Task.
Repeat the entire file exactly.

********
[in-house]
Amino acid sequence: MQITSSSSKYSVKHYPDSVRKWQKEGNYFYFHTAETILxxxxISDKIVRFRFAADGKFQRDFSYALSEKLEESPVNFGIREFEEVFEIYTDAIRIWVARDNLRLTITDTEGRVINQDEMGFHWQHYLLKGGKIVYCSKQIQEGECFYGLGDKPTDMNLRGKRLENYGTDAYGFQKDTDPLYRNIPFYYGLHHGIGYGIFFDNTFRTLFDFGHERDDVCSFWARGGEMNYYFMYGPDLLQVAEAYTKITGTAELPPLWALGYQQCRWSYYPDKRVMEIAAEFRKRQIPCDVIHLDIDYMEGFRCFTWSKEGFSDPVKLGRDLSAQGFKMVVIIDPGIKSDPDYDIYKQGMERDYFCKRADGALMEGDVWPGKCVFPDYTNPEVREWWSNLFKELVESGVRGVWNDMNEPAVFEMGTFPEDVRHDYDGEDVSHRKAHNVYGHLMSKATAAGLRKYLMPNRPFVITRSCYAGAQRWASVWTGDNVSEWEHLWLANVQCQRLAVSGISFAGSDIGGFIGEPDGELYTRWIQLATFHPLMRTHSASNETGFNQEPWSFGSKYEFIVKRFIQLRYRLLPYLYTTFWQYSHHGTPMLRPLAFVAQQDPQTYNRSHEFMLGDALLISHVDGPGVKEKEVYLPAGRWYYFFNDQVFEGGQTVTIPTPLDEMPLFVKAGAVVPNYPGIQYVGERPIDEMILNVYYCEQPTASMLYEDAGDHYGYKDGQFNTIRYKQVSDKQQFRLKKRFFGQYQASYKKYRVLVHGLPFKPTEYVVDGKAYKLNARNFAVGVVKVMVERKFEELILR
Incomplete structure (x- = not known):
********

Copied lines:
[in-house]
Amino acid sequence: MQITSSSSKYSVKHYPDSVRKWQKEGNYFYFHTAETILxxxxISDKIVRFRFAADGKFQRDFSYALSEKLEESPVNFGIREFEEVFEIYTDAIRIWVARDNLRLTITDTEGRVINQDEMGFHWQHYLLKGGKIVYCSKQIQEGECFYGLGDKPTDMNLRGKRLENYGTDAYGFQKDTDPLYRNIPFYYGLHHGIGYGIFFDNTFRTLFDFGHERDDVCSFWARGGEMNYYFMYGPDLLQVAEAYTKITGTAELPPLWALGYQQCRWSYYPDKRVMEIAAEFRKRQIPCDVIHLDIDYMEGFRCFTWSKEGFSDPVKLGRDLSAQGFKMVVIIDPGIKSDPDYDIYKQGMERDYFCKRADGALMEGDVWPGKCVFPDYTNPEVREWWSNLFKELVESGVRGVWNDMNEPAVFEMGTFPEDVRHDYDGEDVSHRKAHNVYGHLMSKATAAGLRKYLMPNRPFVITRSCYAGAQRWASVWTGDNVSEWEHLWLANVQCQRLAVSGISFAGSDIGGFIGEPDGELYTRWIQLATFHPLMRTHSASNETGFNQEPWSFGSKYEFIVKRFIQLRYRLLPYLYTTFWQYSHHGTPMLRPLAFVAQQDPQTYNRSHEFMLGDALLISHVDGPGVKEKEVYLPAGRWYYFFNDQVFEGGQTVTIPTPLDEMPLFVKAGAVVPNYPGIQYVGERPIDEMILNVYYCEQPTASMLYEDAGDHYGYKDGQFNTIRYKQVSDKQQFRLKKRFFGQYQASYKKYRVLVHGLPFKPTEYVVDGKAYKLNARNFAVGVVKVMVERKFEELILR
Incomplete structure (x- = not known):